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Conflicts of Interest  I have no conflicts of interest regarding this presentation.

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Presentation on theme: "Conflicts of Interest  I have no conflicts of interest regarding this presentation."— Presentation transcript:

1 Conflicts of Interest  I have no conflicts of interest regarding this presentation

2 Ramon Ylanan MD CAQSM Team Physician University of Arkansas Advanced Orthopeadic Specialists

3 Goals  Background Healing Response  The Basic Science  Uses  Evidence Based  Summary

4 Goals  Background Healing Response  The Basic Science  Uses  Evidence Based  Summary

5 Background  What is PRP (Platelet Rich Plasma)? Biologic, “regenerative biomedicine” Concentrated platelets ○ Ideally 3-8X Processed from autologous, whole blood Provides “Supra-physiologic” concentrations of growth factors  No universal definition of what constitutes PRP vs PPP  Ideal concentration is opinion based

6 Background  How is it made? Centrifuged whole blood Coagulation inhibitors may be used ○ Previous issues with bovine inhibitors Platelet activators may be used Volume produced depends on which system used Applied in either ○ Injectable form ○ Solid, matrix form

7 Background SystemPlatelet Conc.ActivatorCentrifuge timeLeukocytesBlood Volume needed (ml) PRP volume Arthrex ACP2-3XNo (use within 30 minutes) 1, 5 min stepNo93 Biomet GPS III3-8xAutologous thrombin and calcium chloride 1, 15 minute stepYes Cascade1-1.5xCalcium chloride1, 6 minute for PRP 2, 15 minute for fibrin matrix No SmartPReP24-6xBovine thrombin or calcium 2, 14 minute stepYes PRGF2-3xCalcium chloride1, 8 minute stepNo Magellan3-7xCalcium chloride2, 4-6 minute stepsYes30-606

8 Goals  Background Healing Response  The Basic Science  Uses  Evidence Based  Summary

9 Background: The Healing Response  Inflammatory phase First week after injury ○ Hemostasis  recruitment of macrophages and fibroblasts  Proliferative phase Within first 2 days to 2 weeks ○ Formation of extra-cellular scaffold  Maturation/remodeling phase Up to first year ○ Type 1 collagen replacing scaffold

10 Background: The Healing Response  Growth factors IGF-1  early inflammatory phase ○ Enhances collagen and matrix synthesis TGF-B  pro-inflammatory ○ Enhances matrix and collagen synthesis, angiogenesis PDGF  facilitates proliferation of other growth factors ○ Attracts stem cells and contributes to remodeling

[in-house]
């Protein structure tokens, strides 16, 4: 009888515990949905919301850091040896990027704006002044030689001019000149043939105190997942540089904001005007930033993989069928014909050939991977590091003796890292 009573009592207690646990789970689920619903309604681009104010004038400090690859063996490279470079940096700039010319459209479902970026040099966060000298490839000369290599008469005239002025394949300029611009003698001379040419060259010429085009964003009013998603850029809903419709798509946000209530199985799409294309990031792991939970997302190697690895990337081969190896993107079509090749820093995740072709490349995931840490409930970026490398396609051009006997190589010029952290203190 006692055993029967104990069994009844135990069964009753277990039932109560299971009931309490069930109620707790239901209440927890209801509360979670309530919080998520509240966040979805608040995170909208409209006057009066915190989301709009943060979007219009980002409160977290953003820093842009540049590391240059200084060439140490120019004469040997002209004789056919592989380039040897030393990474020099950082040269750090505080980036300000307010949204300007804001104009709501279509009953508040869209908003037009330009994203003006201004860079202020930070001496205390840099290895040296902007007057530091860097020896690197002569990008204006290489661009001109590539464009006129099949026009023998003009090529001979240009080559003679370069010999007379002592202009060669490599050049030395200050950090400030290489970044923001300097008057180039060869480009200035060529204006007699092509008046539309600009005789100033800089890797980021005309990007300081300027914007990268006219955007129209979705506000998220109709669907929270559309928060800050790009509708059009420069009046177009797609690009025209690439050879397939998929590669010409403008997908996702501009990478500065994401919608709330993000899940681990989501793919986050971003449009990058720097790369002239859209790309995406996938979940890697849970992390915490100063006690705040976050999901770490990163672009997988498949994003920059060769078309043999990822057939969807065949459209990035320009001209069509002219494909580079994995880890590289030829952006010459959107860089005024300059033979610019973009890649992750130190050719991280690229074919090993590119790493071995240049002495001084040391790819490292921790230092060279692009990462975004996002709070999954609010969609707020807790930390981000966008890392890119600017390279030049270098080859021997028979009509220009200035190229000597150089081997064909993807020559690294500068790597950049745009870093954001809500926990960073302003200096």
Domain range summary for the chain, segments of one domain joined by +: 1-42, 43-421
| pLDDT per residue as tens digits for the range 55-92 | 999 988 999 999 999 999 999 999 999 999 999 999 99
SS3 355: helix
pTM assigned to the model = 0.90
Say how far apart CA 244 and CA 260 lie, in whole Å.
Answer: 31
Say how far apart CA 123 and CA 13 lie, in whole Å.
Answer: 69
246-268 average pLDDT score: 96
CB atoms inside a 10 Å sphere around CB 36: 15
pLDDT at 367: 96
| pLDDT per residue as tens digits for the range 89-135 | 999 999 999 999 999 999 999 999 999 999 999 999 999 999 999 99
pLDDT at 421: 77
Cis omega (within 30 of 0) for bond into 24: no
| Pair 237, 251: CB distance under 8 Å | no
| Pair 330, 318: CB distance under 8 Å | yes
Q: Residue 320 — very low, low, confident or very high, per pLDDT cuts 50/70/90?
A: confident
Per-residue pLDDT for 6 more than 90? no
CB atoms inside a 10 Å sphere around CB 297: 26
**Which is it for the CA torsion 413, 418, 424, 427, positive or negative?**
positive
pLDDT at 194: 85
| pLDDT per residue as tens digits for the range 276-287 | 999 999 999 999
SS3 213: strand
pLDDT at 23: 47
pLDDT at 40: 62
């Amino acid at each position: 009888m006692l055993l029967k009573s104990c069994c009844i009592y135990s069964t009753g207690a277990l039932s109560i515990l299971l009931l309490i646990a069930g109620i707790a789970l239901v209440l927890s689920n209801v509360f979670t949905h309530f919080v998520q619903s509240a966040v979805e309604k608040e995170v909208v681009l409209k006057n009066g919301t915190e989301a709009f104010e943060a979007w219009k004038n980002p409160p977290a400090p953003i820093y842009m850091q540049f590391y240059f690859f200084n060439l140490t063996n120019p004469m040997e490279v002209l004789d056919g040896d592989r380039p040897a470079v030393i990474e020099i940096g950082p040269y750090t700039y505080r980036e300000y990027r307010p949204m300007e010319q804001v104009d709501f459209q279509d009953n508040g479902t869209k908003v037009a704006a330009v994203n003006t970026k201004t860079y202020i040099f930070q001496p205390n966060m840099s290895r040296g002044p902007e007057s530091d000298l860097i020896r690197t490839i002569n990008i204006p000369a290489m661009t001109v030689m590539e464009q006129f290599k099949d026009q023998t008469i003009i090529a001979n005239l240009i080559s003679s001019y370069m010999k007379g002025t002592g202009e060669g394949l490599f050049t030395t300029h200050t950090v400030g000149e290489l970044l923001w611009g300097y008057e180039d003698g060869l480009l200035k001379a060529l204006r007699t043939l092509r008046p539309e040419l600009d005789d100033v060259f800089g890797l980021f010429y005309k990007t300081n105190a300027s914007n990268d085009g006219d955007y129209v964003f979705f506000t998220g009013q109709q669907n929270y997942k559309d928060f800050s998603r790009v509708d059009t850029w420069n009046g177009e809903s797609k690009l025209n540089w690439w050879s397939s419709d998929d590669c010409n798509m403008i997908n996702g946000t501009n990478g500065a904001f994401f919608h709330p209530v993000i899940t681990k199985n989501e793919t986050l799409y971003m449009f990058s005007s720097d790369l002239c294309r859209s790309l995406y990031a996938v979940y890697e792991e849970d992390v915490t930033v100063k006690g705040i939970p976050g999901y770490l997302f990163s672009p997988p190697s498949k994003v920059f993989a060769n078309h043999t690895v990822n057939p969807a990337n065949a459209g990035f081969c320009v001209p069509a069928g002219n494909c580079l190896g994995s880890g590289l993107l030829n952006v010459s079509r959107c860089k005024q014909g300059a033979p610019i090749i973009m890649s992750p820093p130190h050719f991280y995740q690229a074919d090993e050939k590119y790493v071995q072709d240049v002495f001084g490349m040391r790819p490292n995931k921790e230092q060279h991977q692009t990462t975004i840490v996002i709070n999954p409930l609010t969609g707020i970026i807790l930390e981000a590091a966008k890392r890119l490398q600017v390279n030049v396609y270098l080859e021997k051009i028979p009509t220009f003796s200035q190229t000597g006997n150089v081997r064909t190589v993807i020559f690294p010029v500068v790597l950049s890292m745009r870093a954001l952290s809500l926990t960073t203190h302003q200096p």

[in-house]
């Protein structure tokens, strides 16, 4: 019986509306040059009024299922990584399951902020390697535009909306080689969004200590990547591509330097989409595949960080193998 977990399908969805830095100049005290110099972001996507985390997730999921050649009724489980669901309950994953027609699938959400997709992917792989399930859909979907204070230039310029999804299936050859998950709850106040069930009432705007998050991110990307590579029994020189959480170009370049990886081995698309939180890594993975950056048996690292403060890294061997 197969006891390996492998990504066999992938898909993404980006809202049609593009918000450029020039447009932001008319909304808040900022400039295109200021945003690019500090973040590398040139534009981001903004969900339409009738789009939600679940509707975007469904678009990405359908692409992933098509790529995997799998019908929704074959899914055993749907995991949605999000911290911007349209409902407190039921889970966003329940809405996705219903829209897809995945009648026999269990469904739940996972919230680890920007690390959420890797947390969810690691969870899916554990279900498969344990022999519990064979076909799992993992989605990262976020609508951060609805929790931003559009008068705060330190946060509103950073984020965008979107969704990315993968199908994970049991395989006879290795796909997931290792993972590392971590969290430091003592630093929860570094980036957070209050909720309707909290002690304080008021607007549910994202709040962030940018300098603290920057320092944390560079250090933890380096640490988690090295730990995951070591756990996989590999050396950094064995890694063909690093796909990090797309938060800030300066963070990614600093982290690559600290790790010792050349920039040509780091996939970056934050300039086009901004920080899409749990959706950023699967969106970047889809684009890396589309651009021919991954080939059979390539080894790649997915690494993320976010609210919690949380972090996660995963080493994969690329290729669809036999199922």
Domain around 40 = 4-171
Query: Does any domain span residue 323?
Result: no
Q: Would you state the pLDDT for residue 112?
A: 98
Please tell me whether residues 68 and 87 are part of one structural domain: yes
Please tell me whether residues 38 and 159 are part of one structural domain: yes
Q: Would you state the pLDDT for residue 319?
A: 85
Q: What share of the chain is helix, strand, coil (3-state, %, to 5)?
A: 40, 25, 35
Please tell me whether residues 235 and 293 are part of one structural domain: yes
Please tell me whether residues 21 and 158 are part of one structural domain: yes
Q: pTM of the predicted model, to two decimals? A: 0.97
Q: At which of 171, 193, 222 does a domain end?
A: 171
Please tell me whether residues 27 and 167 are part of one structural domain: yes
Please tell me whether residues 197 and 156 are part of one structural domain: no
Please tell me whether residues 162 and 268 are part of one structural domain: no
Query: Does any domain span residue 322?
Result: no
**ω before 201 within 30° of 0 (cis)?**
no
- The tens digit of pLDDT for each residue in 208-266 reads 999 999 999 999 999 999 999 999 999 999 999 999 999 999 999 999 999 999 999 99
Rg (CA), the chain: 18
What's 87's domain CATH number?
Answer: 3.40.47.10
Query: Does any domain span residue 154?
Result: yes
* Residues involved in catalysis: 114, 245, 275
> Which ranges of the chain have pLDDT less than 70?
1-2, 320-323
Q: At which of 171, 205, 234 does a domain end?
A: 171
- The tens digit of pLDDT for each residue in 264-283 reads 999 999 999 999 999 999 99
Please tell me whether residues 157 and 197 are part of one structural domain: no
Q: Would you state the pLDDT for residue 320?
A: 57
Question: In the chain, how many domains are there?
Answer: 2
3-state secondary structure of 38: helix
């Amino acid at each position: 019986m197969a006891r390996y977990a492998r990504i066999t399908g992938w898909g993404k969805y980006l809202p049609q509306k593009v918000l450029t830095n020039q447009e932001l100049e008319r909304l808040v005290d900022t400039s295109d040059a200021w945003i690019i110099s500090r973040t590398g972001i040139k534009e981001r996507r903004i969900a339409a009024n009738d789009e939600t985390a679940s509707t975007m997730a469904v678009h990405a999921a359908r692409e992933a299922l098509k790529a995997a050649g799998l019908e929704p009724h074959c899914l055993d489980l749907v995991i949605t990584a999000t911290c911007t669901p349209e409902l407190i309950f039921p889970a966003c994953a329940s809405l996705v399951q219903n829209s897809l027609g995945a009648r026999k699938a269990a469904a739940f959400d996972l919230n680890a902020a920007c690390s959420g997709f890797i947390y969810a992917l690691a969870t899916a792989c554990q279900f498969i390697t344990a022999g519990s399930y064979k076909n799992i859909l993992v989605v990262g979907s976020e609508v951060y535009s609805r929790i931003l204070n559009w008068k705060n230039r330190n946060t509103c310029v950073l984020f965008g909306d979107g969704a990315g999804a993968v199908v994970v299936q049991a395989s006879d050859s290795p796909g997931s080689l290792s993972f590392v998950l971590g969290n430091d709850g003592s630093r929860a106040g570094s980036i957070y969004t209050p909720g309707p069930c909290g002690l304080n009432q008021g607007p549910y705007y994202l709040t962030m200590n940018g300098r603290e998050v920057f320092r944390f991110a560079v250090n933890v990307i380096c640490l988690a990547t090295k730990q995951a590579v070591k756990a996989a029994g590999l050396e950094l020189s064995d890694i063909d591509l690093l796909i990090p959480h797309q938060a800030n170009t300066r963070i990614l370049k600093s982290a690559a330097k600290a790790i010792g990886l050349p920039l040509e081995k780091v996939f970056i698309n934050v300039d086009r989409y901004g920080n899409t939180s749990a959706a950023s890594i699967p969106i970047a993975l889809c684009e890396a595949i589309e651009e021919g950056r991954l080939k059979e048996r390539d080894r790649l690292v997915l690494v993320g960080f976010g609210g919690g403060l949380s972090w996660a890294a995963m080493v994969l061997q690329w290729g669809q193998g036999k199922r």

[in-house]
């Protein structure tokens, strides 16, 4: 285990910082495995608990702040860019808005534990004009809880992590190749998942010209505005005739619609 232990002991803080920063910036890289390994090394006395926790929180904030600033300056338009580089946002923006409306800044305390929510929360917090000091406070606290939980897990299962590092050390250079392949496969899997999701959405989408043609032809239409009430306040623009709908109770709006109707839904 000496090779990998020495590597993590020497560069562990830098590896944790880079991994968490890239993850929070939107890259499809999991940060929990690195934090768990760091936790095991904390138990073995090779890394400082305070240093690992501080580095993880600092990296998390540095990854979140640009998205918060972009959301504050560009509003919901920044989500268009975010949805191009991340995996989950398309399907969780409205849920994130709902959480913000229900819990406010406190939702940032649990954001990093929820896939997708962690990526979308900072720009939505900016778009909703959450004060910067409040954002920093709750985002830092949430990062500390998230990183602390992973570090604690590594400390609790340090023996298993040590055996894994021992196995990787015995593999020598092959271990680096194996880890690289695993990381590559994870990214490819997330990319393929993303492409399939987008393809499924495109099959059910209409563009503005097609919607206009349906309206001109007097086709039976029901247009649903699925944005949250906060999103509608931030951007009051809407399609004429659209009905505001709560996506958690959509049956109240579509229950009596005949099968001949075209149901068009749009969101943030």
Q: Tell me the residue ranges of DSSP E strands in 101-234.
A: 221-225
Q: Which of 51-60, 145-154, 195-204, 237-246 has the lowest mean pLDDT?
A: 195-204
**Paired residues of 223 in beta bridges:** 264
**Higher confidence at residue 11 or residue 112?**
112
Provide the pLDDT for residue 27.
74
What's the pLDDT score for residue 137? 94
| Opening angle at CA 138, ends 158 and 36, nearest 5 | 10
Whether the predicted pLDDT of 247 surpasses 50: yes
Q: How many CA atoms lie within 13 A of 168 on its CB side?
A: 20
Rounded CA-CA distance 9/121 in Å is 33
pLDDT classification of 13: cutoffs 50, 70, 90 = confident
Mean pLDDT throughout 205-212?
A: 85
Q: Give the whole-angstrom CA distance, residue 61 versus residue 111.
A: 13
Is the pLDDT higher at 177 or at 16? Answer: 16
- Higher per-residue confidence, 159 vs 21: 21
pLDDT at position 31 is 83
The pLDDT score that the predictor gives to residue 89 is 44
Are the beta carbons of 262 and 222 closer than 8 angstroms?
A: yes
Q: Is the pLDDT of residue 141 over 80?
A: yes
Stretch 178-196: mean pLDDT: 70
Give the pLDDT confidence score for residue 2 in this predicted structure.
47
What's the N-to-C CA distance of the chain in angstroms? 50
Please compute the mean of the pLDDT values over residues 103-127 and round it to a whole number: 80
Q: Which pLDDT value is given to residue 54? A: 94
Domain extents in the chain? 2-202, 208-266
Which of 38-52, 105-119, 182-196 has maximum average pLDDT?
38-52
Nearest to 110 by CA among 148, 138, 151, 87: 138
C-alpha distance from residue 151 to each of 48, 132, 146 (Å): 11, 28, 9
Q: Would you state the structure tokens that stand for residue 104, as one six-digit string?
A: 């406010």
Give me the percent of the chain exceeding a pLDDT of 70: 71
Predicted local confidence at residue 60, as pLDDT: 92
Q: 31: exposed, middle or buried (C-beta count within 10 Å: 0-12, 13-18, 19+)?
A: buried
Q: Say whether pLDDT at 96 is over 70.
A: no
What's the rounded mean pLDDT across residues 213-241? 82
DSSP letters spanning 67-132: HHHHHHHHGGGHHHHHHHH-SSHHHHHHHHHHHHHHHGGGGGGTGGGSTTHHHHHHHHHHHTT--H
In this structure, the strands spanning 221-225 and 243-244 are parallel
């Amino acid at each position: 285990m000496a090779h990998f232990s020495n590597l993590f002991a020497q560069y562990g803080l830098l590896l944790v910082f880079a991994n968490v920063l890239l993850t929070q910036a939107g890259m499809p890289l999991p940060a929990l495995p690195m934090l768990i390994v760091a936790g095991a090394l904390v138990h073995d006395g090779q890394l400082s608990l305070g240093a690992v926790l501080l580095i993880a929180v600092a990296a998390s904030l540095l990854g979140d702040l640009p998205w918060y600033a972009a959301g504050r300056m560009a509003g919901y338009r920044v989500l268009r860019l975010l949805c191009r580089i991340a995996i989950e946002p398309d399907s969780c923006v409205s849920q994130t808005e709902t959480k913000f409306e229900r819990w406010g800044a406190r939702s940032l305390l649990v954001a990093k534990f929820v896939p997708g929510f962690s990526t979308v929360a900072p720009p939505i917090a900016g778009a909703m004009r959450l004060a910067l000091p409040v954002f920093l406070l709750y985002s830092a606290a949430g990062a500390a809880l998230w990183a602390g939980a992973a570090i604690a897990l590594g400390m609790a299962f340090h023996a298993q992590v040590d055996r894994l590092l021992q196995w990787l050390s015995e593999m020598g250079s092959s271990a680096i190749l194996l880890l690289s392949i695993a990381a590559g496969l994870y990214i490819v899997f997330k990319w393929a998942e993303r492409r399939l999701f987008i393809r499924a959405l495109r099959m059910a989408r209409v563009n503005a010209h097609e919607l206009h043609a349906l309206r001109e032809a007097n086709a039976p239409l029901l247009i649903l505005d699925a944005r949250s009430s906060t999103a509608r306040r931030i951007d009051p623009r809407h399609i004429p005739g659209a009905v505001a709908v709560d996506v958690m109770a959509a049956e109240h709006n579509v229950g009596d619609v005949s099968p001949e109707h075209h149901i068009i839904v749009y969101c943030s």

11 Background: The Healing Response  Growth factors VEGF  peaks after inflammatory phase ○ Promotes angiogenesis and neo- vascularization b-FGF  angiogenesis, cell migration, creates collagenase, production of granulation tissue

12 Background: The Healing Response  What does PRP bring to the healing table? Alpha granules ○ The storage packets of growth factors ○ Each platelet contains granules ○ The de-granulation releases the growth factors needed to augment healing

13 Background: The Healing Response  Alpha granules Theory that activators will increase de- granulation ○ Reason why some systems include external activators Some studies show injured collagen fibers will stimulate de-granulation as well

14 Goals  Background Healing Response  The Basic Science  Uses Limit to Muscle, Tendon, Ligament  Evidence Based  Summary

15 The Basic Science  Horse tendons Schnabel et al. Culture in PRP vs other blood products Higher anabolic gene expression in PRP  Human tenocytes de Mos et al. PRP vs. PPP ○ PRP increase in matrix degrading enzymes (faster recovery)

16 The Basic Science  Rabbit skeletal muscle stem cells Gates et al. Increased expression of myogenic activity  Mesenchymal stem cells Mishra et al. Buffered in PRP, increased proliferation

17 Goals  Background Healing Response  The Basic Science  Uses Limit to Muscle, Tendon, Ligament  Evidence Based  Summary

18 Uses: Muscle  Hammond et al (2009) Animal study (rats) Tibialis anterior strain ○ large strain vs small strain PRP shortened healing by days in small strain group Little change in large strain group

19 Uses: Tendon  Lots of studies Lateral epicondylitis Patellar tendinopathy Achilles tendinopathy Rotator Cuff tendinopathy

20 Uses: Lateral Epicondylitis

21  Mishra and Pavelko (2006) One of the most cited articles Chronic, refractory lateral epicondylitis 15 patients, failed conservative measures Single PRP injection ○ control was bupivicaine

22 Uses: Lateral Epicondylitis  Mishra and Pavelko (2006) Measures VAS and Mayo elbow scores at 2, 6 and 25 months Outcomes ○ 2 months  60% vs 16% improvement (P=.001) ○ Final f/u  93% reduction in pain, no complications ○ 60% of control group withdrew for other treatment

23 Uses: Lateral Epicondylitis  Peerbooms et al (2010) RCT, Level 1 data ○ Only true RCT to date 100 patients (51 PRP:49 CSI) 1 yr f/u ○ 73% success in PRP group ○ 49% in CSI group

24 Uses: Patellar Tendinopathy

25  Human Data is limited  Filardo et al (2010) Non-RCT, N=31 Serial PRP + PT (15) vs. PT alone (16) 3 PRP, 2 weeks apart with eccentric strengthening PRP group ○ Improved in all measures ○ Continued to improve at 6 months ○ Higher improvement in sports activity

26 Uses: Patellar Tendinopathy  Kon et al (2009) Prospective, pilot study (no control) 3 PRP injections, 15 days apart 6 month f/u ○ 70% stated complete or significant improvement ○ 80% satisfied with results